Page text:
Like it or not, winter is fast approaching. Every business and public space needs to make preparations for the deteriorating weather – and that includes all school and college sites. Here is our quick guide to some preparations you can make to ensure that your school is as safe as it can be in the colder climate.
Check your heating
If you haven’t run your heating system in months, now is the time to give it a test run. If it breaks down in the middle of the cold snap it could force your school to close for a day or two while it gets fixed – something parents and staff won’t be too pleased about. Make sure that not only is your boiler working, but that your pipes and radiators are all leak-free and functioning as they should.
Check your grit
Schools with concrete playgrounds, outdoor pathways and private car parking all need to make sure that snow and ice is removed as quickly as possible – or that it isn’t given a chance to settle in the first place. You can use de-icing grit and salt both proactively and reactively – if the weather forecasters are suggesting that there will be ice or snow overnight then spread a layer of grit and salt over your road and pathways before you go home. If these weather conditions take you by surprise, then you can spread the products over the surfaces first thing in the morning to start melting the snow and clearing the ice.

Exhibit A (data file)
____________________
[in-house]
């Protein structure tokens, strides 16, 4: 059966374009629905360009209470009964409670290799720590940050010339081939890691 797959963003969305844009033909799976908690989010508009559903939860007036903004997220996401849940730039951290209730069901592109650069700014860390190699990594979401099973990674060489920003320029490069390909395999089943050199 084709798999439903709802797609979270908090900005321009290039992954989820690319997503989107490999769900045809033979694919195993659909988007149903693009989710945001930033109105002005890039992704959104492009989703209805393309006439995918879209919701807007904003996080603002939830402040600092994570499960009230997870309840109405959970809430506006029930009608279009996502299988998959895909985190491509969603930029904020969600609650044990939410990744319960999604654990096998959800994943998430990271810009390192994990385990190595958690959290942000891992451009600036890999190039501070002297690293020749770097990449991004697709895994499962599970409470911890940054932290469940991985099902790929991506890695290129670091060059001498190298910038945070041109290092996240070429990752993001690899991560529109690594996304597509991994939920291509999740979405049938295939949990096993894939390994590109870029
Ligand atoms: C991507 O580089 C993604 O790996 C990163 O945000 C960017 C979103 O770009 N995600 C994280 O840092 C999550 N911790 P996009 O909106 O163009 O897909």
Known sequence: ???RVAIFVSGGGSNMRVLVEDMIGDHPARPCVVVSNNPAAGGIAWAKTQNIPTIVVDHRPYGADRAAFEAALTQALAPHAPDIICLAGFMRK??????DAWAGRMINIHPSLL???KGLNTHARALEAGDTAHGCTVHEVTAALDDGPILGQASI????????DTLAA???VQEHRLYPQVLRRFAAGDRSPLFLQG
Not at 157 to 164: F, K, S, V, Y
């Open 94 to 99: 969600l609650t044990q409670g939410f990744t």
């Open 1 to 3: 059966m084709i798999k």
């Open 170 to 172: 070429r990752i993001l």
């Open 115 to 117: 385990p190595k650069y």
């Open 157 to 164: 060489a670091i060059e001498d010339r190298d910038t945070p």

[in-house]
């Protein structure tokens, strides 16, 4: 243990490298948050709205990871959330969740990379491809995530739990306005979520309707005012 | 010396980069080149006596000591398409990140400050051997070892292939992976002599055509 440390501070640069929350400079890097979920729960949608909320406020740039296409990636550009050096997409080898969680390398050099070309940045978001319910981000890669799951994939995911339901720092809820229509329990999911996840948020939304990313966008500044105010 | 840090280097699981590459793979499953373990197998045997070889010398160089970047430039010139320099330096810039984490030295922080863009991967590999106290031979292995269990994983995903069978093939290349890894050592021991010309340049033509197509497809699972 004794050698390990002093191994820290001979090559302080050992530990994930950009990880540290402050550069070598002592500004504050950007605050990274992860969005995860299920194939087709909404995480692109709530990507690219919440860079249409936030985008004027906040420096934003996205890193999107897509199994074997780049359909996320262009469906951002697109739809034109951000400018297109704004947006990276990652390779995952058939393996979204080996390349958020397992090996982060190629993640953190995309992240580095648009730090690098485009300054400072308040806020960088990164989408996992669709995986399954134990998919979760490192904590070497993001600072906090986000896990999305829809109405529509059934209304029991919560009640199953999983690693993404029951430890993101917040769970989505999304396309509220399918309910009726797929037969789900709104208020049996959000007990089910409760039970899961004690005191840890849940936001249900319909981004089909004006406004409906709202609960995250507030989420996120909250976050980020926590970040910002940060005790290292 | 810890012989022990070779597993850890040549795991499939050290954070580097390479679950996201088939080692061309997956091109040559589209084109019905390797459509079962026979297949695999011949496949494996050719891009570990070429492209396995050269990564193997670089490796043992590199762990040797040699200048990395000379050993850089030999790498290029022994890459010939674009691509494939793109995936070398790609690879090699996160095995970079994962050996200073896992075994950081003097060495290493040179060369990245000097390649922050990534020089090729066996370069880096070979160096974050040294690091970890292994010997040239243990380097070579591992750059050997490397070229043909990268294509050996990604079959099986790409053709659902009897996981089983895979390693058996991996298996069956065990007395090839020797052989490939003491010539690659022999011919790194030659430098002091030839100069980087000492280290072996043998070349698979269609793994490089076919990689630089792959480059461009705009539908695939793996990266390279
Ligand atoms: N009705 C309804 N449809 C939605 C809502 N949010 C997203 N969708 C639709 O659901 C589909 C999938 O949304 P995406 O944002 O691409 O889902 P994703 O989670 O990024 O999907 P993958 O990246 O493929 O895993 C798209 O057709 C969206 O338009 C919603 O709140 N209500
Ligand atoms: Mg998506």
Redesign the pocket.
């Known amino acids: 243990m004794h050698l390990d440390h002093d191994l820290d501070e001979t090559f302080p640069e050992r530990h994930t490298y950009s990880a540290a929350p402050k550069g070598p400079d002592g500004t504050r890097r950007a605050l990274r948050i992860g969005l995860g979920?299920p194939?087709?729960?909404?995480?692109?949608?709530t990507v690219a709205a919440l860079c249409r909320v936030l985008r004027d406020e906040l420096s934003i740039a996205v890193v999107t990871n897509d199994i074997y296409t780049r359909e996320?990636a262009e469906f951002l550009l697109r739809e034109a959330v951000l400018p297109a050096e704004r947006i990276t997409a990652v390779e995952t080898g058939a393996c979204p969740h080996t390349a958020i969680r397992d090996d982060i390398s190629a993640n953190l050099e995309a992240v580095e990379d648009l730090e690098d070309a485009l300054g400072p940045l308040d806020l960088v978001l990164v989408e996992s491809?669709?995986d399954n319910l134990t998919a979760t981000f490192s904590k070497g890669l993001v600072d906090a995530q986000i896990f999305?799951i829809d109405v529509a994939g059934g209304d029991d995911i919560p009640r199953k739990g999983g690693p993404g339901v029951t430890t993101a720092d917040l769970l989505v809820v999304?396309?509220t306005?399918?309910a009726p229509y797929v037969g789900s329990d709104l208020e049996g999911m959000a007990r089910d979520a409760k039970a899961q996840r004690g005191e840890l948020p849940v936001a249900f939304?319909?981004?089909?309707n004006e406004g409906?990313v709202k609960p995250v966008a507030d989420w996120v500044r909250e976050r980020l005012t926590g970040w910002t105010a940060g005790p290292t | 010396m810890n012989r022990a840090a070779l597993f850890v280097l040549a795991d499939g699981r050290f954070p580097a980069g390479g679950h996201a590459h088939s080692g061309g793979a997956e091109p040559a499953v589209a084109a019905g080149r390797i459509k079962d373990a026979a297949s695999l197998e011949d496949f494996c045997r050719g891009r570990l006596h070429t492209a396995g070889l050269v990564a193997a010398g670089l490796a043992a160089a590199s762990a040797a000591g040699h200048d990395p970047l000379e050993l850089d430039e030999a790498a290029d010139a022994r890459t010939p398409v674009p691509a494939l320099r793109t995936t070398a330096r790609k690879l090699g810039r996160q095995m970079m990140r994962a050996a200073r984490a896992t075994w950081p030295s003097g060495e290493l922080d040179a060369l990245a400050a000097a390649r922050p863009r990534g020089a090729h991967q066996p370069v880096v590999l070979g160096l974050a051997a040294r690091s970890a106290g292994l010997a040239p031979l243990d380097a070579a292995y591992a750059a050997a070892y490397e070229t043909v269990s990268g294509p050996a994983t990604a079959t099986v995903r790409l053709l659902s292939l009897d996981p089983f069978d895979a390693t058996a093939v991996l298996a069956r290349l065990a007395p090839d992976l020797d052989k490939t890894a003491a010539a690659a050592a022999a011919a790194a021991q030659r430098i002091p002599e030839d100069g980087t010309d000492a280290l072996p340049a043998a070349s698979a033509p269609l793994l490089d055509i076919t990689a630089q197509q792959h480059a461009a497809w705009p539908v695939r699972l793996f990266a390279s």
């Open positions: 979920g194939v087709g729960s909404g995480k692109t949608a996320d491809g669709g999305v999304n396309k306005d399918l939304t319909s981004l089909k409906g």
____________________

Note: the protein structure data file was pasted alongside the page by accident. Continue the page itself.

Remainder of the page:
One of the great things about grit and salt is that it doesn’t lose its potency – as long as you keep it stored in a decent quality grit bin you can stock up well in advance of any sudden rushes or inevitable shortages.
Grit can be spread easily and quickly with a grit spreader – basically a hopper on wheels. For smaller sites, use a push-along version, or if your school has larger grounds and car parks you might benefit from a tow-along spreader – they can usually be hitched up to your ride-on lawnmower and let you cover larger areas with little effort.
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Wetter weather (and melted snow or ice) can easily make its way into your buildings – particularly considering the high levels of pedestrian traffic in most schools. Use a well thought-out matting system to tackle this.
Outdoors, use a heavy-duty rubber mat to scrape the bigger bits of dirt from the shoes that pass over it (fallen leaves, mud, etc).
Immediately inside the door you’ll want a combination of scraping and absorbing, so a thick, textured mat that can both knock off any remaining dirt and also soak up some of the liquid.
Next to this, finish up with a super-absorbent mat to take the rest of the rain, snow or ice water that remains. If this is not possible due to budget or space constraints, the mat just inside the door that combines absorbing and scraping properties will suffice.
Using a good quality mat can help to reduce dirt and water from getting tracked throughout your school, which not only looks unsightly, but is a considerable health and safety risk.
Author Bio: First Mats started life as safety matting specialists, but have since expanded to become a complete industrial and commercial supplies company. The focus of First Mats is to provide safety-focused products that improve the wellbeing of staff through quality approved products, backed up by extensive knowledge. www.firstmats.co.uk